cash advance loans

Fall Out Boy: Interview with Patrick Stump

—by , December 27, 2006

Fall Out BoyWhen I last checked in with Fall Out Boy, they were headlining Spring’s Bamboozle Fest in the Meadowlands parking lot, riding high on the success of their multi-platinum major label debut From Under The Cork Tree. Bassist/lyricist/resident cutie Pete Wentz, who launched the careers of Panic! At The Disco and Gym Class Heroes by signing them to his Decaydence imprint when he’s not running Clandestine Industries, his own clothing line, was surprisingly self-aware and comfortable with his band’s place in current pop culture. This time out, I spoke with vocalist/ guitarist/songwriter Patrick Stump, and found him to be on a similar mental wavelength to Wentz.

Fall Out Boy are one of the biggest bands in the world, based on the fact that their music appeals to a wide spectrum of fans. The kids love the band. The girls love the band. The mall rats love the band. You get the picture. Now that 2006 has wrapped up, Fall Out Boy are about to release their next album, Infinity On High, supported by the “Friends Or Enemies” tour with New Found Glory, Permanent Me and Lifetime in tow. This flurry of activity, their catchy hooks, and the fact that FOB can make legions of adolescent girls scream their heads off, is what garnered them the “Band Of The Year” honors here at The Aquarian. A lot of the band’s critics and detractors have labeled the music as “right now” and something that the teens will abandon when they enter college and/or the real world. But all you hipster elitists can say whatever you want about FOB’s music because no matter what you think of the addictively catchy, shake your ass pop punk that the band manufactures, it doesn’t change the fact that this music has saved lives by speaking to the disaffected, broken hearts of adolescents out there.

Stump was on time for our interview despite the extremely last minute scheduling and the fact that he was waiting for a plane at the Detroit airport after playing a radio gig. Stump is a little more low key than Wentz, but he see things through a very clear eye. Read on about The Aquarian’s band of the year.

Can you quickly sum up what Fall Out Boy have done since headlining Bamboozle in New Jersey last May? Seems like ages ago!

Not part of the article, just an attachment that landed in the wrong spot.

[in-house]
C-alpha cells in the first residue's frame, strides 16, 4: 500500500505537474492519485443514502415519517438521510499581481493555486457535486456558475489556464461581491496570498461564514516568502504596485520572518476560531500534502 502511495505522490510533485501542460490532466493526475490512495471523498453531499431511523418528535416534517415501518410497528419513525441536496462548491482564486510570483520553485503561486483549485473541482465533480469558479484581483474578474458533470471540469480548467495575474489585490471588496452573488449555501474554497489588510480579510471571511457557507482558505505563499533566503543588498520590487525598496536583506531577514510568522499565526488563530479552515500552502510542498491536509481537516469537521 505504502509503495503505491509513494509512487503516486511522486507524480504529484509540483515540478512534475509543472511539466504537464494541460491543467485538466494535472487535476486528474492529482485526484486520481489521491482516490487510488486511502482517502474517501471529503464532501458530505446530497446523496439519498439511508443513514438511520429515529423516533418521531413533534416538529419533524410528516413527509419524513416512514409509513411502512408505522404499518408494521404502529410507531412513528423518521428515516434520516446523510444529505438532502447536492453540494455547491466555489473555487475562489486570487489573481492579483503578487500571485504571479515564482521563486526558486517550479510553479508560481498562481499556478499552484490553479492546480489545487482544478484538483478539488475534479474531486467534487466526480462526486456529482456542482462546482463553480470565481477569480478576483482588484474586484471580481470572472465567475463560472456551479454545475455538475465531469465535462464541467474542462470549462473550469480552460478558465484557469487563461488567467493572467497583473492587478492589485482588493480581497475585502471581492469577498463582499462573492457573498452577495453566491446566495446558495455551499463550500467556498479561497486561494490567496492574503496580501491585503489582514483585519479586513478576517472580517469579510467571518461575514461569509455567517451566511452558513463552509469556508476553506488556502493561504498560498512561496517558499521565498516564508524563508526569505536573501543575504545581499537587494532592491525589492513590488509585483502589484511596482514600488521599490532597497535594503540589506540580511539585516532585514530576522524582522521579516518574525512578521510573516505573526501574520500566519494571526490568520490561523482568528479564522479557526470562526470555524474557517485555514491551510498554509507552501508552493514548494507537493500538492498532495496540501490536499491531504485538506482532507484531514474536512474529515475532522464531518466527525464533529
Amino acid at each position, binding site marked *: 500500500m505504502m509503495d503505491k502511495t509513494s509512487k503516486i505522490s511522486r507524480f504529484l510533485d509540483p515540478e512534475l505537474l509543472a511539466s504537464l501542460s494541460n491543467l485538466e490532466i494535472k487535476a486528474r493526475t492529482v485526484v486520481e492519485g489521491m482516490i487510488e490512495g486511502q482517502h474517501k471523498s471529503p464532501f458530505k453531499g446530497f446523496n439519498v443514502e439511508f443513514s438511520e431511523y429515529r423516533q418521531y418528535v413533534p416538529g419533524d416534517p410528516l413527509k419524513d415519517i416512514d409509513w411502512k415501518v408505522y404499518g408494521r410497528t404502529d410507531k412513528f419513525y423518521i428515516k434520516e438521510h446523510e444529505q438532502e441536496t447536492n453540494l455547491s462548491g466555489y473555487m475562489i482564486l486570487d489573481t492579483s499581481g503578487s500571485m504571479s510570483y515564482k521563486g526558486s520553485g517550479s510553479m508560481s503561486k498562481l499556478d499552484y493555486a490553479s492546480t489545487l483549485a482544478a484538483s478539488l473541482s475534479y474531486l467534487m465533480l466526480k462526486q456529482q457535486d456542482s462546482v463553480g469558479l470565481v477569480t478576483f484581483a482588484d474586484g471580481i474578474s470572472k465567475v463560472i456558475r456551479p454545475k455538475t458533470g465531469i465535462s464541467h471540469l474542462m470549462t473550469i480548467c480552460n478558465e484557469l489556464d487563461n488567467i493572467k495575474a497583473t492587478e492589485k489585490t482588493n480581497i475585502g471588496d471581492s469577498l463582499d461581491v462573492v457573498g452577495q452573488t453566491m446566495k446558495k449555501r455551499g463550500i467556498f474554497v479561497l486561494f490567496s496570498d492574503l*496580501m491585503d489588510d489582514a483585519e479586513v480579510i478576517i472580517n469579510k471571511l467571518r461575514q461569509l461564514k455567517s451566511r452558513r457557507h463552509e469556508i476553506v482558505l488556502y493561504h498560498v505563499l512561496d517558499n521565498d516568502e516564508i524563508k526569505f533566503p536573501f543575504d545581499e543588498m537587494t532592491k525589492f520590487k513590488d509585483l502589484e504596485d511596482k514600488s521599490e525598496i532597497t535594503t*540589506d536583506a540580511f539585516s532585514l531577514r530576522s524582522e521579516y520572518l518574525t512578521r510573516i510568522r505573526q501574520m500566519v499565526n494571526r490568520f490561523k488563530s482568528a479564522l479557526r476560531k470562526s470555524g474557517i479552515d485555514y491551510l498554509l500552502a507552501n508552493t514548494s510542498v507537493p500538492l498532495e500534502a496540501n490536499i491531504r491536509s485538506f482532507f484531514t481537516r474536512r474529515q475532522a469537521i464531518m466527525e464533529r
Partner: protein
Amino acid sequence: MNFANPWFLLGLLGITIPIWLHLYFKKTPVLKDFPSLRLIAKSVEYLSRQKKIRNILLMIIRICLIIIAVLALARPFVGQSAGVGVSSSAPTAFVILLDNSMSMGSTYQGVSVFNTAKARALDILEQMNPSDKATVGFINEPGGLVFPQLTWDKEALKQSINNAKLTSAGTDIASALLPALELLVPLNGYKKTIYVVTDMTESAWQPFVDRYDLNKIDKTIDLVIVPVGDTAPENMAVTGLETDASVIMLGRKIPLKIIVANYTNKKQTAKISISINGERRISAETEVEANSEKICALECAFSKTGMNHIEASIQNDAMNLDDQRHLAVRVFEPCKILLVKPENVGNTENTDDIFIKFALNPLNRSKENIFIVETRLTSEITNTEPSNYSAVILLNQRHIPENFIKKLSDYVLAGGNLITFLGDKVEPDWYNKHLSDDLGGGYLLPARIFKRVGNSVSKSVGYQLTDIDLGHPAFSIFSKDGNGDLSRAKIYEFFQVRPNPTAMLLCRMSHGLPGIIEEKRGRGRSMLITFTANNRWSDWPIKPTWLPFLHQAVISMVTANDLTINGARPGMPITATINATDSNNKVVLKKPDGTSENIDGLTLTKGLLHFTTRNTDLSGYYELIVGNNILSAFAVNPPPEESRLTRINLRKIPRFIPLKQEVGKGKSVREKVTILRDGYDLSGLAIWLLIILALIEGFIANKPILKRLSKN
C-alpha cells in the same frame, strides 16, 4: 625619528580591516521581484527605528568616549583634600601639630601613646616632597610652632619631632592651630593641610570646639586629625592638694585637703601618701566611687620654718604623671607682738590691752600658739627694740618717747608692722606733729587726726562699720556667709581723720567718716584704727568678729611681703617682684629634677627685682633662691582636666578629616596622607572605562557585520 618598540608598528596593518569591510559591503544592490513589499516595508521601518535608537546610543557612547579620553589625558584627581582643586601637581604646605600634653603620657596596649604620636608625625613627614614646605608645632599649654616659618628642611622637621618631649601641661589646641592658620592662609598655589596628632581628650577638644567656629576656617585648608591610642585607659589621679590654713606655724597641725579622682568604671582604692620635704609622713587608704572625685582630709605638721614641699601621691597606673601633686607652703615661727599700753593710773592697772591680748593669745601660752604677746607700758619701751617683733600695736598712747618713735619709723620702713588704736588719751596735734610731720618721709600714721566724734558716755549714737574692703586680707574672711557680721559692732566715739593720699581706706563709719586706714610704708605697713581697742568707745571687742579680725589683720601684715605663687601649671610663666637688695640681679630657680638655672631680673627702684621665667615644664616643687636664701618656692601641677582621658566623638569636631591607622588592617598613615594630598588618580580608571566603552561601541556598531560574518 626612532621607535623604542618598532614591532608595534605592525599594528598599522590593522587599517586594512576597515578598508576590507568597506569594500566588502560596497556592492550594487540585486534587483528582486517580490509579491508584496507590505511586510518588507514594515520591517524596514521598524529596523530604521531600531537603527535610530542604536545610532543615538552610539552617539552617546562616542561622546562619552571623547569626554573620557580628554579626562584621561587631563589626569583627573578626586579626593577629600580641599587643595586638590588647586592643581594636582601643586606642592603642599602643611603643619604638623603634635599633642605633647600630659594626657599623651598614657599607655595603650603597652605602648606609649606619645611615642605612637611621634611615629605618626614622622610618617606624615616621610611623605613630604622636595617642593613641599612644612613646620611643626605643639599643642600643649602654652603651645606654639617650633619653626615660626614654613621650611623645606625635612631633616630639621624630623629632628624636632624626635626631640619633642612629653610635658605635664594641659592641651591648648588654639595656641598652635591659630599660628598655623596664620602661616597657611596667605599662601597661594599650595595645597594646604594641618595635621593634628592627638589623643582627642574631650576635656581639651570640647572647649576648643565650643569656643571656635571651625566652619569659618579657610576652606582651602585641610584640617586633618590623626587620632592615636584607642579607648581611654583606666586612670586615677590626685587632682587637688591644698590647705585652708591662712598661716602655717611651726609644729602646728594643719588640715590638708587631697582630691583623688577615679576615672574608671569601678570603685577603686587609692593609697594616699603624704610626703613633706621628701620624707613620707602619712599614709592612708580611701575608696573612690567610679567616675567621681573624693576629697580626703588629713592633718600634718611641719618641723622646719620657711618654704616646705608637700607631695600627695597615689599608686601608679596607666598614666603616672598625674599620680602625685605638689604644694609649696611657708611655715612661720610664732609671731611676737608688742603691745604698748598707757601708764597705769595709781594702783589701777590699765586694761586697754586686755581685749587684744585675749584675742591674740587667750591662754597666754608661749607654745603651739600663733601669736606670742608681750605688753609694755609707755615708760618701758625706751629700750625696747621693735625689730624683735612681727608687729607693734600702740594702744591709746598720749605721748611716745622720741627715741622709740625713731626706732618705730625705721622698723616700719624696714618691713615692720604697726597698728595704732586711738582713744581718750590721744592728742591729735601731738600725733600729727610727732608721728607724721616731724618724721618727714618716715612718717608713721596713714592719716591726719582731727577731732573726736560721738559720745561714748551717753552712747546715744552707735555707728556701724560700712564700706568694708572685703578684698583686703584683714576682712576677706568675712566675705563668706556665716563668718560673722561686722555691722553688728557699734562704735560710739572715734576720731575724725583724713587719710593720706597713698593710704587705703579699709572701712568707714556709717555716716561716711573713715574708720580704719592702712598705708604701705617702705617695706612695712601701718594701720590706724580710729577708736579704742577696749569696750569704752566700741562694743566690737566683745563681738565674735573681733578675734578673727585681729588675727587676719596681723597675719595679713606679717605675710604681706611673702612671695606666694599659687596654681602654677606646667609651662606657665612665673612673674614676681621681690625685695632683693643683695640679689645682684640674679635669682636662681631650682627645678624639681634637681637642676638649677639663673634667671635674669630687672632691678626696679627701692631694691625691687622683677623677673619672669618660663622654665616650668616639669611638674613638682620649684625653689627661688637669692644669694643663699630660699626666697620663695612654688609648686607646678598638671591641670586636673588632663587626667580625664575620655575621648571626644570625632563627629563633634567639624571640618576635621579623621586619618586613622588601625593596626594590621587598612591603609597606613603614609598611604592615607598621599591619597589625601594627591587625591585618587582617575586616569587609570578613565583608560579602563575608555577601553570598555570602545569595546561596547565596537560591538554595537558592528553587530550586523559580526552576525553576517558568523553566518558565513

I don’t remember anything anymore! We did a tour with All American Rejects and Hawthorne Heights. Right from there, we took a few months off, wrote the new record, went out to L.A. and we started recording. That’s been where we’re at, up until two months ago. We’ve been getting ready for the new record, Infinity On High, which comes out in February.

Okay, your fans reading this article are jonesing for information about the new album. Can you give us a little hint about what to expect?

It’s one of those things where you get older as a band and you do your own thing, you know? The older Fall Out Boy elements, from the early records, are definitely there, and this album is an extension of that. It’s one of those records that’s hard to take out of context. None of the songs sound like the record, in general. There are a lot of different moods, altogether. We have the heaviest song we’ve ever written on the record, and the single, ‘This Ain’t A Scene, It’s An Arms Race’ is the funkiest thing we’ve ever done. [laughs] There’s a lot more piano. There’s even a song that I do solo on the piano, which is obviously much softer than anything we’ve ever done. Lyrically, Pete stepped it up and he covers a lot of ground. It’s not just break up songs, and it’s not always from the same perspective, which I like, too. We have everything from love songs, which is a first for us, and then there is a story song. It’s all stuff I wouldn’t have expected Fall Out Boy to write!

1 2
  • del.icio.us
  • Facebook
  • Twitter
  • Google Buzz
  • Tumblr
  • MySpace
  • Digg
  • Reddit
  • StumbleUpon


Site designed by Subjective Designs | Powered by WordPress | Content © 1969-2014 Arts Weekly, Inc. All Rights Reserved.